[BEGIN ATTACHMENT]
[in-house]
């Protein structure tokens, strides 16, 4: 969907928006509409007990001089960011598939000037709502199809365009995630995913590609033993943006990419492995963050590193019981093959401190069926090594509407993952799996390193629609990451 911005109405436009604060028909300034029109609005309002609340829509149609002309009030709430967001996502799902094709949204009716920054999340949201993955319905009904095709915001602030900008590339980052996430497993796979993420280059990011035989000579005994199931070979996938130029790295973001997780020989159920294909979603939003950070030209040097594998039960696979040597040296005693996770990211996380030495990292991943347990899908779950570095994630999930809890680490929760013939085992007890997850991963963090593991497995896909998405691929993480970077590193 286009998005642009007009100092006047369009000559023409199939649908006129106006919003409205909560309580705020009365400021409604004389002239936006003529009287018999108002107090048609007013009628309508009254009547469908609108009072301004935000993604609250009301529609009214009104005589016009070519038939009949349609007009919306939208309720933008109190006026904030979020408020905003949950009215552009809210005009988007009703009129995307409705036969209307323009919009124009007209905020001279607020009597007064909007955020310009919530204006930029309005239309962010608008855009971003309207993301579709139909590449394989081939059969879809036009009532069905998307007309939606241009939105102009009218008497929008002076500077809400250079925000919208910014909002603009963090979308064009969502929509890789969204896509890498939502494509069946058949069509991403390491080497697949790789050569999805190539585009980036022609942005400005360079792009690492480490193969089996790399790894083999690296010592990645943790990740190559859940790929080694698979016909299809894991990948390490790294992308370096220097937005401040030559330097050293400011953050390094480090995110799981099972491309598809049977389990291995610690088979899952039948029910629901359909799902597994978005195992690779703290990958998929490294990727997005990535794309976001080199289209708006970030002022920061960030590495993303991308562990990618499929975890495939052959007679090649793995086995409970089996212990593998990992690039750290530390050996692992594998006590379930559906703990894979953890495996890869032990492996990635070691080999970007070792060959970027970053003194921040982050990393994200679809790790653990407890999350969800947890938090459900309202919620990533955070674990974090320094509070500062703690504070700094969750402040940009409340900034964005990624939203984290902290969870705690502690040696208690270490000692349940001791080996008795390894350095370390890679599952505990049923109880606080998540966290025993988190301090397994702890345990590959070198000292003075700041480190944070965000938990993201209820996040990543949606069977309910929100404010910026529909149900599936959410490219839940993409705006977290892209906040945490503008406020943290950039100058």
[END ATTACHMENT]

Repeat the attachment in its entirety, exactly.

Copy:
[in-house]
């Protein structure tokens, strides 16, 4: 969907928006509409007990001089960011598939000037709502199809365009995630995913590609033993943006990419492995963050590193019981093959401190069926090594509407993952799996390193629609990451 911005109405436009604060028909300034029109609005309002609340829509149609002309009030709430967001996502799902094709949204009716920054999340949201993955319905009904095709915001602030900008590339980052996430497993796979993420280059990011035989000579005994199931070979996938130029790295973001997780020989159920294909979603939003950070030209040097594998039960696979040597040296005693996770990211996380030495990292991943347990899908779950570095994630999930809890680490929760013939085992007890997850991963963090593991497995896909998405691929993480970077590193 286009998005642009007009100092006047369009000559023409199939649908006129106006919003409205909560309580705020009365400021409604004389002239936006003529009287018999108002107090048609007013009628309508009254009547469908609108009072301004935000993604609250009301529609009214009104005589016009070519038939009949349609007009919306939208309720933008109190006026904030979020408020905003949950009215552009809210005009988007009703009129995307409705036969209307323009919009124009007209905020001279607020009597007064909007955020310009919530204006930029309005239309962010608008855009971003309207993301579709139909590449394989081939059969879809036009009532069905998307007309939606241009939105102009009218008497929008002076500077809400250079925000919208910014909002603009963090979308064009969502929509890789969204896509890498939502494509069946058949069509991403390491080497697949790789050569999805190539585009980036022609942005400005360079792009690492480490193969089996790399790894083999690296010592990645943790990740190559859940790929080694698979016909299809894991990948390490790294992308370096220097937005401040030559330097050293400011953050390094480090995110799981099972491309598809049977389990291995610690088979899952039948029910629901359909799902597994978005195992690779703290990958998929490294990727997005990535794309976001080199289209708006970030002022920061960030590495993303991308562990990618499929975890495939052959007679090649793995086995409970089996212990593998990992690039750290530390050996692992594998006590379930559906703990894979953890495996890869032990492996990635070691080999970007070792060959970027970053003194921040982050990393994200679809790790653990407890999350969800947890938090459900309202919620990533955070674990974090320094509070500062703690504070700094969750402040940009409340900034964005990624939203984290902290969870705690502690040696208690270490000692349940001791080996008795390894350095370390890679599952505990049923109880606080998540966290025993988190301090397994702890345990590959070198000292003075700041480190944070965000938990993201209820996040990543949606069977309910929100404010910026529909149900599936959410490219839940993409705006977290892209906040945490503008406020943290950039100058």